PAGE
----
SOEIRO EMD et al.8 studied 92 children and adolescents with idiopathic nephrotic syndrome, a condition which presents alterations in their cellular and humoral immune reactions that predispose to the development of infectious processes. The infectious processes in these patients with idiopathic nephrotic syndrome were characterized. It is shown that the nephrotic condition, whether as part of a course of frequent relapses, steroid dependence, or steroid resistance, conferred greater susceptibility to infection among the patients with idiopathic nephrotic syndrome. Best preventive action against infection in this disease is to control the nephrotic state.

PEREZ et al.9 studied the occurrence of microsatellite instability in 24 patients presenting with gastric carcinoma and treated by radical surgery. Five patients (21%) had tumors that were MSI+ in at least 1 marker, three of them in the group with Lauren's intestinal-type gastric carcinoma, and two in the group of diffuse-type gastric cancer. Microsatellite instability has been reported in association with older age of presentation, distal tumor location, early disease staging, and better overall prognosis

FERREIRA MC et al.10 reexamine a recently developed method for evaluation of cutaneous sensibility in the feet of diabetic patients, using a Pressure-Specified Sensory Device. Diabetic patients had poorer sensibility compared to controls and diabetic patients with ulcers exhibited a poorer sensibility compared to diabetic patients without ulcers. Due to the small number of patients compared, the results should be taken as a preliminary report.

PRACCHIA LF et al.11 compared frequency and probability of catheter-related infection for two types of long-term intravenous devices in 96 adult hematology-oncology patients: partially (n = 55) or completely implanted devices (n = 42). Infection risk was found to be significantly lower in completely implanted devices as compared to partially implanted ones.

In addition, we publish two case reports12,13 and two reviews14, 15.



1. Guido MC, Frimm CC, Koike MK. Low coronary perfusion pressure is associated with endocardial fibrosis in a rat model of volume overload cardiac hypertrophy. Rev. Hosp. Clín. Fac. Med. S. Paulo 59(5): 2004

2. Bricks LF, Mendes CMF Lucarevschi BR Paz CO et al. Oropharyngeal colonization by haemophilus influenzae in healthy children from taubaté (São Paulo), prior to the haemophilus influenzae type B vaccination program in Brazil. Rev. Hosp. Clin. Fac. Med. S. Paulo 59(5): 2004

3. Darcie S, Leone CR, Calil VMLT, Prescinotti EP et al. Glycemia in newborns of hypertensive mothers according to maternal treatment. Rev. Hosp. Clín. Fac. Med. S. Paulo 59(5): 2004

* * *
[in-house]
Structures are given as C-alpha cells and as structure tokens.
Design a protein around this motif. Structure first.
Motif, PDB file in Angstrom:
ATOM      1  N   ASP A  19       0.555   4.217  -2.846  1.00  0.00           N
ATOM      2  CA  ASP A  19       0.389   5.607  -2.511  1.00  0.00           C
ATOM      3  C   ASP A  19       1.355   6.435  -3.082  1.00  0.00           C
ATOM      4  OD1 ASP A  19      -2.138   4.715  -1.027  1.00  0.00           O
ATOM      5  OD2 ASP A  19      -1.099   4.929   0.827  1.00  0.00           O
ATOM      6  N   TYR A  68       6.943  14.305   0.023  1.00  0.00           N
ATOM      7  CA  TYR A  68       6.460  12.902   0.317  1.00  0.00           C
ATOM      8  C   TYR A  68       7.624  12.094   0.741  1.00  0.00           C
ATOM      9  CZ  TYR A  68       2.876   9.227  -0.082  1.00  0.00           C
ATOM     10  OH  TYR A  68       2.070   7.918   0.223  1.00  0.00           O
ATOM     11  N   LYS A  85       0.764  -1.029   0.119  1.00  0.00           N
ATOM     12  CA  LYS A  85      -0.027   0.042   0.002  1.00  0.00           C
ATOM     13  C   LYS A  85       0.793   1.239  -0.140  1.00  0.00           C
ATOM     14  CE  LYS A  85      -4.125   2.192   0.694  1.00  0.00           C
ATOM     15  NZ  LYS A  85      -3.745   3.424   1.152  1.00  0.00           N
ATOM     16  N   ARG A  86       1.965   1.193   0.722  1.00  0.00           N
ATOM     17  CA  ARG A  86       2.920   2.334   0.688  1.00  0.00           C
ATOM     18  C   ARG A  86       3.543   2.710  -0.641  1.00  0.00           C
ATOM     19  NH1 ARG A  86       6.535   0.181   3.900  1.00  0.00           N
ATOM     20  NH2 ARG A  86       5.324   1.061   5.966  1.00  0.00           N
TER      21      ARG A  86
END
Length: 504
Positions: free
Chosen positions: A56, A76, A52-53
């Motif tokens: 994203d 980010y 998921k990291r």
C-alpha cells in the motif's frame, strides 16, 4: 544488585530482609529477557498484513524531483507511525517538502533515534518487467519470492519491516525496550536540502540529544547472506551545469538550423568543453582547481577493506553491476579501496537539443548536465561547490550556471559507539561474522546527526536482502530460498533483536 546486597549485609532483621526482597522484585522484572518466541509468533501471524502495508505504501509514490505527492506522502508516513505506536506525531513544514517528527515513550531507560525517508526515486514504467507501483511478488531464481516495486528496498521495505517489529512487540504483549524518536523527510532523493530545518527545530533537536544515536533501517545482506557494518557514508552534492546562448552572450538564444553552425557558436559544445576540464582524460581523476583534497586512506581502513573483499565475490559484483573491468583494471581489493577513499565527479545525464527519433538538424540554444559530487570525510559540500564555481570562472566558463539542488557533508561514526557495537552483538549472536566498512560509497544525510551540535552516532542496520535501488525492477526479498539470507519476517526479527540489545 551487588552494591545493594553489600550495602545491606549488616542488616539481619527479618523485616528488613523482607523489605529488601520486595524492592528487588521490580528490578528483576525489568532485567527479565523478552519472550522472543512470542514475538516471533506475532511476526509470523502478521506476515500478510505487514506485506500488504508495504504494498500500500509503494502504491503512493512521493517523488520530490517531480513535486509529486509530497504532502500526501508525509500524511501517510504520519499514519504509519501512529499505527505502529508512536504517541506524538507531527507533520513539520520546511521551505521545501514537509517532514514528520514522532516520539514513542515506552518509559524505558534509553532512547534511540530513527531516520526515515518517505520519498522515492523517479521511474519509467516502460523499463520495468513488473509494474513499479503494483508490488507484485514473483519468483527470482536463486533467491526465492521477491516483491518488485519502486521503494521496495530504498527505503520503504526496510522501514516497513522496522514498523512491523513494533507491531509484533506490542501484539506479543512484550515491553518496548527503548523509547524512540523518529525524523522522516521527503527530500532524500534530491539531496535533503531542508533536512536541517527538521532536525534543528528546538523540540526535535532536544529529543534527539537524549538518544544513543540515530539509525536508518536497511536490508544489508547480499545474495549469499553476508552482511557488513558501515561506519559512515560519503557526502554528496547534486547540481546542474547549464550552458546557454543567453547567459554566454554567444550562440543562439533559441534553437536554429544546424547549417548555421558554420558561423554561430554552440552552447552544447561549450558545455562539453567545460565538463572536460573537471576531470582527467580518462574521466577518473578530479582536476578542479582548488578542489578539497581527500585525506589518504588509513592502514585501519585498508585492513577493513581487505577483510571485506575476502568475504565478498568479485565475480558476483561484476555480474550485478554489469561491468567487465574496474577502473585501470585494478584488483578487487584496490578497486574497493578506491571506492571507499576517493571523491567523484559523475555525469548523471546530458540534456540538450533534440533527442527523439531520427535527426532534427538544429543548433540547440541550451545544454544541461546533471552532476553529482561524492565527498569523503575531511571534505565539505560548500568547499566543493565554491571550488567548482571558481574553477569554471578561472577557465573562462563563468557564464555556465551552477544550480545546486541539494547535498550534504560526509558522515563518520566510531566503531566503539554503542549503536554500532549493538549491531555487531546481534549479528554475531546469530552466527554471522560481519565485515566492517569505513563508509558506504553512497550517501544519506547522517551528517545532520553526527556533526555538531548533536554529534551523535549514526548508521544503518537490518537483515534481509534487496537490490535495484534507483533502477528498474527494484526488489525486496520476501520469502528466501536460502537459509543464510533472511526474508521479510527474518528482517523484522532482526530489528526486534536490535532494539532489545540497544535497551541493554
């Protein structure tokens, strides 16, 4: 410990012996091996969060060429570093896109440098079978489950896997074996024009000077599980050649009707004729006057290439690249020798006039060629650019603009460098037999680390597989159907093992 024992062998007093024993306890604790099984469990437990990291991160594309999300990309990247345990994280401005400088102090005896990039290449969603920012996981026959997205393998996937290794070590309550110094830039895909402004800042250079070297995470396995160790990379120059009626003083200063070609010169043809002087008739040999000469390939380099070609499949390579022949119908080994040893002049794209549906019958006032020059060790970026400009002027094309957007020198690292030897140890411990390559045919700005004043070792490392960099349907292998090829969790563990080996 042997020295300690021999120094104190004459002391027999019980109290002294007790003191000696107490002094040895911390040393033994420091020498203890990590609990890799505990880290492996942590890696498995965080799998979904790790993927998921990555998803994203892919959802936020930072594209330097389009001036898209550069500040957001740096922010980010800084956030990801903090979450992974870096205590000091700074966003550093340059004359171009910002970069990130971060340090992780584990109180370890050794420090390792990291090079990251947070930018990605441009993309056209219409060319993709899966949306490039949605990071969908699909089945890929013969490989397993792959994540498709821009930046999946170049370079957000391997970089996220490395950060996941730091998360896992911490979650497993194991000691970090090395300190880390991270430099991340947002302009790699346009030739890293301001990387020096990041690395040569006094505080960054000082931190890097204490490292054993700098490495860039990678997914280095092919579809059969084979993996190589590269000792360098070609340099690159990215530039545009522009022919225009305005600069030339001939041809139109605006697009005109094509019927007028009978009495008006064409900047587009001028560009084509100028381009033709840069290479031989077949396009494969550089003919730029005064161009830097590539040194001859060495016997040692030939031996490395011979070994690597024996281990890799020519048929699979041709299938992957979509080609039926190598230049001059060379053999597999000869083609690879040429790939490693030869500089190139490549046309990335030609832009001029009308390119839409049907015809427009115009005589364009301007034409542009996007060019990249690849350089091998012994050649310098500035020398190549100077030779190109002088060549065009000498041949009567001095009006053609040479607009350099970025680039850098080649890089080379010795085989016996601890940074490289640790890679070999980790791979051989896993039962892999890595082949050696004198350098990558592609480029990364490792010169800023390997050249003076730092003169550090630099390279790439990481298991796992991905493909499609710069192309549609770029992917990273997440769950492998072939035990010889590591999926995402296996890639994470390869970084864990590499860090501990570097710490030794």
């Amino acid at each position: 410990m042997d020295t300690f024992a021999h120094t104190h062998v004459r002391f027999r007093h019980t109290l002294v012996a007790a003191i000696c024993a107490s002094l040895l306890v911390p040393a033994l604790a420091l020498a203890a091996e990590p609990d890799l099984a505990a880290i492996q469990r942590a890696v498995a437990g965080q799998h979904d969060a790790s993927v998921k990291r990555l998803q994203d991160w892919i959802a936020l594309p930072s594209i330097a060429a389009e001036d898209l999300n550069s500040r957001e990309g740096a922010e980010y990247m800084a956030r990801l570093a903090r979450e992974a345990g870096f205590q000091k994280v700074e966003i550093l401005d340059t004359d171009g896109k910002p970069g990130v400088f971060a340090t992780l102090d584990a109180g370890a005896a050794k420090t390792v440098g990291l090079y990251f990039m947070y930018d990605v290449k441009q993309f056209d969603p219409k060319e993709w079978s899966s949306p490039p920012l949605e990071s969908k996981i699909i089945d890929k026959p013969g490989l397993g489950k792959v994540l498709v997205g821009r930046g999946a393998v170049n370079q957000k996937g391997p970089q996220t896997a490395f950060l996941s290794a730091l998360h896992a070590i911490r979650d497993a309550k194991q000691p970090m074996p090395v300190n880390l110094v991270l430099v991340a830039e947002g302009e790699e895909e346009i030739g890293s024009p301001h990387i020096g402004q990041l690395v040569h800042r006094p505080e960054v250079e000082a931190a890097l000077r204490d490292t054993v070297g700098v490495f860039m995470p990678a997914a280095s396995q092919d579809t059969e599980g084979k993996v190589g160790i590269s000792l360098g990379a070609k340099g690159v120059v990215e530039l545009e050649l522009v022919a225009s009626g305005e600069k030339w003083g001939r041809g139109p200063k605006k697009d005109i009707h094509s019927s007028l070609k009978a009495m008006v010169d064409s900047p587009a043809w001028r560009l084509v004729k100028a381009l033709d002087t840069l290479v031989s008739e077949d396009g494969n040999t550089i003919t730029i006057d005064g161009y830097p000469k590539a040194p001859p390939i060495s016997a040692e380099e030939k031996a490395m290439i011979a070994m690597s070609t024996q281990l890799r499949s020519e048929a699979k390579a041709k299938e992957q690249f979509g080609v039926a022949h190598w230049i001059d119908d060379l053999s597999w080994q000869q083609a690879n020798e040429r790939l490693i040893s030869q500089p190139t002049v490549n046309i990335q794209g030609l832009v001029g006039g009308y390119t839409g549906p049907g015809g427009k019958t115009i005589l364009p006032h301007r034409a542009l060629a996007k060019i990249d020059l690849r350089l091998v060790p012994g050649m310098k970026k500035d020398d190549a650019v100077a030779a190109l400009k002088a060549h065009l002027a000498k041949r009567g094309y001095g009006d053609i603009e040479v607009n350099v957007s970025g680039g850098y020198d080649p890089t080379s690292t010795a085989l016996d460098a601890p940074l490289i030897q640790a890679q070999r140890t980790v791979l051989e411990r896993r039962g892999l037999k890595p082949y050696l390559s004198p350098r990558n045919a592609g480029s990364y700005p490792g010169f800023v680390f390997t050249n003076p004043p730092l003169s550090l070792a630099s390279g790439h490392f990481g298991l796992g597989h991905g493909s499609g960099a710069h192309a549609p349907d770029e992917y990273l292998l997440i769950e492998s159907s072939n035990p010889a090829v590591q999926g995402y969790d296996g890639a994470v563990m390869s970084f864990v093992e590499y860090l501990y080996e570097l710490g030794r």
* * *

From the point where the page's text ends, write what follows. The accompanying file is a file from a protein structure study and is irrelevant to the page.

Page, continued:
4. Aoki V, Huang MHT, Périgo AM, Fukumori lmi ET al. Endemic pemphigus foliaceus (fogo selvagem) and pemphigus vulgaris: immunoglobulin G heterogeneity detected by indirect immunofluorescence. Rev. Hosp. Clín. Fac. Med. S. Paulo 59(5): 2004

5. Barros ACSD Naomi E, Muranaka K, Mori LJ et al. Induction of experimental mammary carcinogenesis in rats with 7,12-dimethylbenz(a)anthracene. Rev. Hosp. Clín. Fac. Med. S. Paulo 59(5): 2004.

6. Souto CAV, Rhoden E, De Conti R, Chammas Jr, M et al. Urethral catheter removal 7 or 14 days after radical retropubic prostatectomy: clinical implications and complications in a randomized study. Rev. Hosp. Clin. Fac. Med. S.Paulo 59(5): 2004

7. Sugayama SMM, Koch VHK, Furusawa EA, Leone C et al. Renal and urinary findings in 20 patients with Williams-Beuren syndrome diagnosed by fluorescence in situ hybridization (fish). Rev. Hosp. Clin. Fac. Med. S. Paulo 59(5):2004

8. Soeiro EMD, Koch VH, Fujimura MD, Okay Y. Influence of nephrotic state on the infectious profile in childhood idiopathic nephrotic syndrome. Rev. Hosp. Clín. Fac. Med. S. Paulo 59(5): 2004.

9. Perez RO, Jacob CE, D'Ottaviano FL, Alvarenga C et al. Microsatellite instability in solitary and sporadic gastric cancer. Rev. Hosp. Clín. Fac. Med. S. Paulo 59(5): 2004.

10. Ferreira MC Rodrigues L, Fels K. New method for evaluation of cutaneous sensibility in diabetic feet. preliminary report. Rev. Hosp. Clín. Fac. Med. S. Paulo 59(5): 2004.

11. Pracchia LF, Dias LCS, Dorlhiac-Llacer PE, Chamone DAF. Comparison of catheter-related infection risk in two different long-term venous devices in adult hematology-oncology patients. Rev. Hosp. Clín. Fac. Med. S. Paulo 59(5): 2004.

12. Campos FG, Leite AF, Araujo SEA, Atuí FC et al. Anorectal leiomyomas: report of two cases with different anatomical patterns and literature review. Rev. Hosp. Clín. Fac. Med. S. Paulo 59(5): 2004

13. Souza SCM, Borges CTL, Jorgetti V, Pereira RMR. The effect of intravenous zoledronic acid on glucocorticoid-induced multiple vertebral fractures in juvenile systemic lupus erythematosus. Rev. Hosp. Clin. Fac. Med. S. Paulo 59(5):2004.

14. Menezes FS, Leite HP, Fernandes J. Benzecry SG et al. Hypophosphatemia in critically ill children. Rev. Hosp. Clin. Fac. Med. S. Paulo 59(5):2004.

15. Pasqualotto FF, Lucon, AM Sobreiro, BP Pasqualotto EB et al. The best infertility treatment for vasectomized men: assisted reproduction or vasectomy reversal Rev. Hosp. Clín. Fac. Med. S. Paulo 59(5): 2004.



From Hospital das Clínicas, Faculty of Medicine, University of São Paulo — São Paulo/SP, Brazil.